Review: Samurais of Fukushima

Title: Samurais of Fukushima

Author: Hugo Lawrence Imants Cukurs

Date Published: Published July 10th 2018

Publisher: Independently

Genre: Fantasy Horror


It is a bloody journey where two samurais with a devastating past, a Viking, a geisha and a group of survivors try surviving in a zombie apocalypse. They will cross Feudal Japan, leaving Fukushima to Niigata in search of one last hope, facing betrayals, deadly traps, great battles, many losses and hundreds of zombies. No one is safe on this journey, where zombies are not always the worst threat.



Firstly, thank you to the author for sending me an ebook copy in exchange for an honest review.

This book is set in Feudal Japan during a zombie apocalypse. It has a large cast of characters each with their own intriguing and well thought through histories.

I don’t often read apocalypse books however the book read very much like I would expect a movie to go so it fitted well with my expectations of the genre. Not only do you have the excitement and horror of the apocalypse, but an important aspect was how the group interacted. The author gives us an insight into each of the character's backstories and how some of their pasts have a huge impact on their presents. I enjoyed learning about each character and thought this was well written and thoughtfully placed within the story so that it flowed well and wasn’t jarring.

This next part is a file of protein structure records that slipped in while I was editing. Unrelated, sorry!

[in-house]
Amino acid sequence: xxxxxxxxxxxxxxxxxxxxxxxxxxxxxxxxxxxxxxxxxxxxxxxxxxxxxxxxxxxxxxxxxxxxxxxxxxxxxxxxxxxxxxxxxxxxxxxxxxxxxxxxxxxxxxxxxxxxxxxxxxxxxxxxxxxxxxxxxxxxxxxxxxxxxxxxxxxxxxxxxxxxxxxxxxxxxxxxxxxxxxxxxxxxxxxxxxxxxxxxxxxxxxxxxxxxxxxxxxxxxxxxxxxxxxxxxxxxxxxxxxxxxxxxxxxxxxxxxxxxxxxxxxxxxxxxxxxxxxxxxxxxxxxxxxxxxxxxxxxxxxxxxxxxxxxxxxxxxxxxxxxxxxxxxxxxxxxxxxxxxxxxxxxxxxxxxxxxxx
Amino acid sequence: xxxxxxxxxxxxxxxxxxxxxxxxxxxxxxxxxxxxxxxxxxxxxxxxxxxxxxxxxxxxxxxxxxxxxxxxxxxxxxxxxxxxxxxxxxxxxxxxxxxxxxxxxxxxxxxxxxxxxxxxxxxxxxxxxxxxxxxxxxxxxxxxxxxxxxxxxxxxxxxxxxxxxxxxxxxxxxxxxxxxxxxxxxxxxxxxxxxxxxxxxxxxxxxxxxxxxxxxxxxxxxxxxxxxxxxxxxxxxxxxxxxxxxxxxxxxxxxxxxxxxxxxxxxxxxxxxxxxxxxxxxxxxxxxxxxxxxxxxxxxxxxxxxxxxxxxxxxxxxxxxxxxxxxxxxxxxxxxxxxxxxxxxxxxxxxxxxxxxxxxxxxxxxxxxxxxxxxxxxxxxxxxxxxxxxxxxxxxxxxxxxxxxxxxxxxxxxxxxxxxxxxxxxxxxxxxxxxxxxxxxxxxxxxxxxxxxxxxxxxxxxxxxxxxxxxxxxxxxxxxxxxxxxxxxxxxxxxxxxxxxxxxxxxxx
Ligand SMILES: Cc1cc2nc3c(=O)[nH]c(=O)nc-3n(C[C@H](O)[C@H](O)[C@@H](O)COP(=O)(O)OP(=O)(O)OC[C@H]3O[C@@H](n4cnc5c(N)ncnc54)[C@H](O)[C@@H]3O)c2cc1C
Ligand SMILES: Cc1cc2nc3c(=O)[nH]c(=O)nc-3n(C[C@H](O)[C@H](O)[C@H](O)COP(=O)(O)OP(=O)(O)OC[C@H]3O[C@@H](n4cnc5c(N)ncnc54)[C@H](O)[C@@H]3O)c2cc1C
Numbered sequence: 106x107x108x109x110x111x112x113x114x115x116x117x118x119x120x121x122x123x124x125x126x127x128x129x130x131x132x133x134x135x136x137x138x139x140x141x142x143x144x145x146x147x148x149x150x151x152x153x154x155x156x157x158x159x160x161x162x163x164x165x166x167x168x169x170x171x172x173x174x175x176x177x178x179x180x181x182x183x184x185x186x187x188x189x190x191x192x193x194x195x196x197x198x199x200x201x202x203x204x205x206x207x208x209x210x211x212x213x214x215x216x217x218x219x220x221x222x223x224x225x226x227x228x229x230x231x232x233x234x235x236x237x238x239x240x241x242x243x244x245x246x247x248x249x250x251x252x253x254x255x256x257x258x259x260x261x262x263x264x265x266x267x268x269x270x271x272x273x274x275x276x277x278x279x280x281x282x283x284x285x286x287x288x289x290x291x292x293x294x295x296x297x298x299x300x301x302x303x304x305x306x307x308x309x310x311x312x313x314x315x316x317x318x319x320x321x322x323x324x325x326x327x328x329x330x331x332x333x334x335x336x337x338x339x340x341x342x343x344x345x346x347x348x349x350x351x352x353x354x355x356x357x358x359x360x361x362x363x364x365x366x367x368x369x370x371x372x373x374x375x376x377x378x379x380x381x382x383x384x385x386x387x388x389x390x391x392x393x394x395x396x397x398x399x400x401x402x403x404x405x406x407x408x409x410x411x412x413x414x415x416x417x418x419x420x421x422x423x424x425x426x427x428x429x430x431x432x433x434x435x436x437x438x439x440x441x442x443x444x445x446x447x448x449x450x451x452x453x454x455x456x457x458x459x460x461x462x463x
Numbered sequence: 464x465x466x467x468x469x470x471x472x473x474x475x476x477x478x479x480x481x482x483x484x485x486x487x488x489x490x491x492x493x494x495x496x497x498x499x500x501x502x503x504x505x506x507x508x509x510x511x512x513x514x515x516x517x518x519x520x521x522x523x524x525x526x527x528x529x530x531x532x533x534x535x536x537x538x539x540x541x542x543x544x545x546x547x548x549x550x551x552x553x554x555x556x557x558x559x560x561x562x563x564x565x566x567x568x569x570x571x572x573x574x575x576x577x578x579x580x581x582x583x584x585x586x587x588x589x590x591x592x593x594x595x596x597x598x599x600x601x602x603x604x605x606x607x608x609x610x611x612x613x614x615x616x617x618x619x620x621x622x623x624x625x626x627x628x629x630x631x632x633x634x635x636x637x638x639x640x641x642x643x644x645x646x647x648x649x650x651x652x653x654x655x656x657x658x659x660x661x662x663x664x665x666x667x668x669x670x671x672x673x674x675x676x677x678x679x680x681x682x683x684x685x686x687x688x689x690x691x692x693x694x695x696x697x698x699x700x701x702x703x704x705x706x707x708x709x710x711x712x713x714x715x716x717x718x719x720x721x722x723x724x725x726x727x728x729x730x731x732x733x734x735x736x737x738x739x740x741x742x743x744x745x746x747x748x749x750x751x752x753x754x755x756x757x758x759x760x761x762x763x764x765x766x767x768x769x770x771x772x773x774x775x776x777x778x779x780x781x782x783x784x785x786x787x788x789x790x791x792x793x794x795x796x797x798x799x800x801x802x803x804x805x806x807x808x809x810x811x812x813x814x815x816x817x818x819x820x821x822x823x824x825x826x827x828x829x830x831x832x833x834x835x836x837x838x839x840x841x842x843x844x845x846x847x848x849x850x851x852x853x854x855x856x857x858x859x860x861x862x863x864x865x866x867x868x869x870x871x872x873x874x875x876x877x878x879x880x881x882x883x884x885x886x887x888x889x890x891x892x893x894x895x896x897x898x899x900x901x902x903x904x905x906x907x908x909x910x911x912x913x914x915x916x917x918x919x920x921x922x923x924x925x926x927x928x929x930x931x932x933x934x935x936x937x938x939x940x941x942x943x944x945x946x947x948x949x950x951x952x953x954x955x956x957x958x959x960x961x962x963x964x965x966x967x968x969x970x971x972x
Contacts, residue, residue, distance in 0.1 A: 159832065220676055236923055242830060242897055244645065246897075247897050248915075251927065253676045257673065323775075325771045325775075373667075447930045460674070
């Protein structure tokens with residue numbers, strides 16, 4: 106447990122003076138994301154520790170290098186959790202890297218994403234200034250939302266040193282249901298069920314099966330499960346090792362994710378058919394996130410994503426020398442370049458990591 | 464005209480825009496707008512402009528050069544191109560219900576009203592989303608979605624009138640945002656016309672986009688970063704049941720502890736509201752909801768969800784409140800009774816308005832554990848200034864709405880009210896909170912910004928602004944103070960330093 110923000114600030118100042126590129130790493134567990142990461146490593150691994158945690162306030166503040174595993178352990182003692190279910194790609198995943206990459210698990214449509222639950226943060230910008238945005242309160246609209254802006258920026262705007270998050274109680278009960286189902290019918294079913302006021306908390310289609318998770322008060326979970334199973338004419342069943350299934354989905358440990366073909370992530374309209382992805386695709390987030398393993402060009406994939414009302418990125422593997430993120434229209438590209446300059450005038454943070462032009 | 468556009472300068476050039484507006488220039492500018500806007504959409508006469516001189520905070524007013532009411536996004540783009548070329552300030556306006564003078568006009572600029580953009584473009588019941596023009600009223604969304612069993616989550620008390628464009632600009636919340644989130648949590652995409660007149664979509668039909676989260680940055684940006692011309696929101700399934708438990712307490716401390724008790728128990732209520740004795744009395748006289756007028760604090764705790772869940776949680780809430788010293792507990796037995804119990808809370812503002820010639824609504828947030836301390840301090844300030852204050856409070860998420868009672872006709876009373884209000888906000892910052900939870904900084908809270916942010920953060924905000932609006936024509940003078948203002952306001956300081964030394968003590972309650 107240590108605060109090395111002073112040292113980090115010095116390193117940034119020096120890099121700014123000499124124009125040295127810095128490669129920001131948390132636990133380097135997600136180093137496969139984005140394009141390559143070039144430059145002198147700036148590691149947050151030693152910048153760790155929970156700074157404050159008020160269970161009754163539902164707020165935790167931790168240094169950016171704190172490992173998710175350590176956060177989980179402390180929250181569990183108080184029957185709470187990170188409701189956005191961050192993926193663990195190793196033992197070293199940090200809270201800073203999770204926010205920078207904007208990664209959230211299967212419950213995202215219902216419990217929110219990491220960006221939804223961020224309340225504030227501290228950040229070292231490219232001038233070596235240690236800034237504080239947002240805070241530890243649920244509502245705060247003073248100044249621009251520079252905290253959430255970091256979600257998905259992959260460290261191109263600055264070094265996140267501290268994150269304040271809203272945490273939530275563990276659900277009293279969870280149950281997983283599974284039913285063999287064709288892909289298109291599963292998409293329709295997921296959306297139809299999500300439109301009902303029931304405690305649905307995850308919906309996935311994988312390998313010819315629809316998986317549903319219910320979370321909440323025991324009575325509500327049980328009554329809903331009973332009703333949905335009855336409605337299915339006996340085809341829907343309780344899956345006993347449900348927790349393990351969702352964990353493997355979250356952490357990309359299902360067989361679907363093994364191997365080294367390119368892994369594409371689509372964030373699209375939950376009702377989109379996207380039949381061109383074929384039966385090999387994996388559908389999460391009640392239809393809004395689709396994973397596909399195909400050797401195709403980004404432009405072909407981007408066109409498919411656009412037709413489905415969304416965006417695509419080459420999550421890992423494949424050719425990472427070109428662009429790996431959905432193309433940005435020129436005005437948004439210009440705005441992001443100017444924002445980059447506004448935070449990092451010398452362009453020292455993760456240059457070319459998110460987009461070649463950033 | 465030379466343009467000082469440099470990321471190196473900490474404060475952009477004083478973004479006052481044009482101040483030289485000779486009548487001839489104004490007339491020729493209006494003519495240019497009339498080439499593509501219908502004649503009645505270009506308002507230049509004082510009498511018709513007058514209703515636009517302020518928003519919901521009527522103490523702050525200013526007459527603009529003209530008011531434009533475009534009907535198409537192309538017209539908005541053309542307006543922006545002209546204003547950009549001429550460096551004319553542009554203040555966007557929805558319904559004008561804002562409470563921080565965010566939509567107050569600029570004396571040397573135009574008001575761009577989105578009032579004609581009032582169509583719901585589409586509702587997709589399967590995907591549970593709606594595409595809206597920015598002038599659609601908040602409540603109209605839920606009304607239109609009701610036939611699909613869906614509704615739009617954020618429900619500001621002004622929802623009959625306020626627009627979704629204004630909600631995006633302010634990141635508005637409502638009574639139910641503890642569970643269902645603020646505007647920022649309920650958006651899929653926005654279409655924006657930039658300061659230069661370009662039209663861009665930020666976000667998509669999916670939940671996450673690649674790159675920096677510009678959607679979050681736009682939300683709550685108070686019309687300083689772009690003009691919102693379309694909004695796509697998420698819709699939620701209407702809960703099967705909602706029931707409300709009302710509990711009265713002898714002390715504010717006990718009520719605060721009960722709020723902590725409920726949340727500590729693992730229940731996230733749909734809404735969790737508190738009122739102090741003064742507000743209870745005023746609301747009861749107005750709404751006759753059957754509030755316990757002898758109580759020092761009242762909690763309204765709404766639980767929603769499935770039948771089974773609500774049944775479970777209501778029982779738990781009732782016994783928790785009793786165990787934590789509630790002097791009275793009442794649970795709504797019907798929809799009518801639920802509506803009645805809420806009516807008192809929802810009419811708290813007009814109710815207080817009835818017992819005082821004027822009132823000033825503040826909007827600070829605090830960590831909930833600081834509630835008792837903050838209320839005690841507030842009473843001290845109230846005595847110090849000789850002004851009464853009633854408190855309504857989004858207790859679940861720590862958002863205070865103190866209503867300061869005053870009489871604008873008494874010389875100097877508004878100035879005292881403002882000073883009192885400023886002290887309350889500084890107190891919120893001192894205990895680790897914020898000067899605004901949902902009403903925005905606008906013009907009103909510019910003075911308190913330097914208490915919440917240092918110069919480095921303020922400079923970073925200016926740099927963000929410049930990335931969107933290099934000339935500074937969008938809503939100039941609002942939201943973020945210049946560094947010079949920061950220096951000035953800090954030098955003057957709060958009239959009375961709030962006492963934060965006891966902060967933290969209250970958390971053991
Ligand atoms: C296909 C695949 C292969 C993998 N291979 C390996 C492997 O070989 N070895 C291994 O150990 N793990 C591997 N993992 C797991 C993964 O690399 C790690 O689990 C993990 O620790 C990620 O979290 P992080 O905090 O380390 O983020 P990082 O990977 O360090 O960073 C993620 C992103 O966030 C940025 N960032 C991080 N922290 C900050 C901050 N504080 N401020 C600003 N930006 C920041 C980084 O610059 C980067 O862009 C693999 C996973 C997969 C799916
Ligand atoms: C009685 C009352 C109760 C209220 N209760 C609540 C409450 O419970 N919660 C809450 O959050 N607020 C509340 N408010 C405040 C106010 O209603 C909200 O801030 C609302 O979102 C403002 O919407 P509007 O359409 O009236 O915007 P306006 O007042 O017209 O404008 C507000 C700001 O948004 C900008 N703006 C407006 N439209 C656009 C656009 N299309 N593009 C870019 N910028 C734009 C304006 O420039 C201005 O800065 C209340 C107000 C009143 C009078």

I believe this book was originally written in Portuguese and has been translated into English. The translation was done well, however, there were a few instances of notable mistakes in translation. Aside from that, I think that perhaps the story would have had more shock/ surprise and garnered more emotion in its original language. There was some disjointedness throughout between the events and the emotion, it often fell a little flat and didn’t make me that sad when it should have. The dialogue had a massive amount of exclamation marks that I struggled with and didn’t flow as the normal conversation would, it often showed people changing their minds immediately or doing a lot of exclaiming.

However, the story was still intriguing and had some twists I wasn’t expecting. I got to know the characters better as the story progressed, and I certainly wanted them to succeed on their journey after everything they’d been through.

As it’s a zombie apocalypse you can expect many attacks as well as some focus on the consequences of the attacks. The book explores the characters’ need to push forward for a better life whilst they also dealt with the impact of losing members of their group. There were a large number of characters involved but fortunately, the author managed to keep them separated so that I rarely confused them. The author didn’t hold back on killing off loved characters, but this felt very true to the genre. I don’t usually read this genre, but it was a light enjoyable read, though I imagine it would have a greater emotional impact in its original language. I enjoyed the setting of Japan and was pleased to see some cultural aspects from the setting come into play.

Overall, their journey was long, difficult, and filled with loss. The end was certainly not what I had envisioned but fitted it well and was great to see some more backstory’s linking in. I always love an epilogue showing how the characters got on after the end so that was a wonderful addition to the story. It was an easy read and had lots of twists I hadn’t expected, as well as good pacing that kept the story moving forward, though I was missing the emotional connection and struggled with the unrealistic dialogue.

Rating: 2.5 Stars

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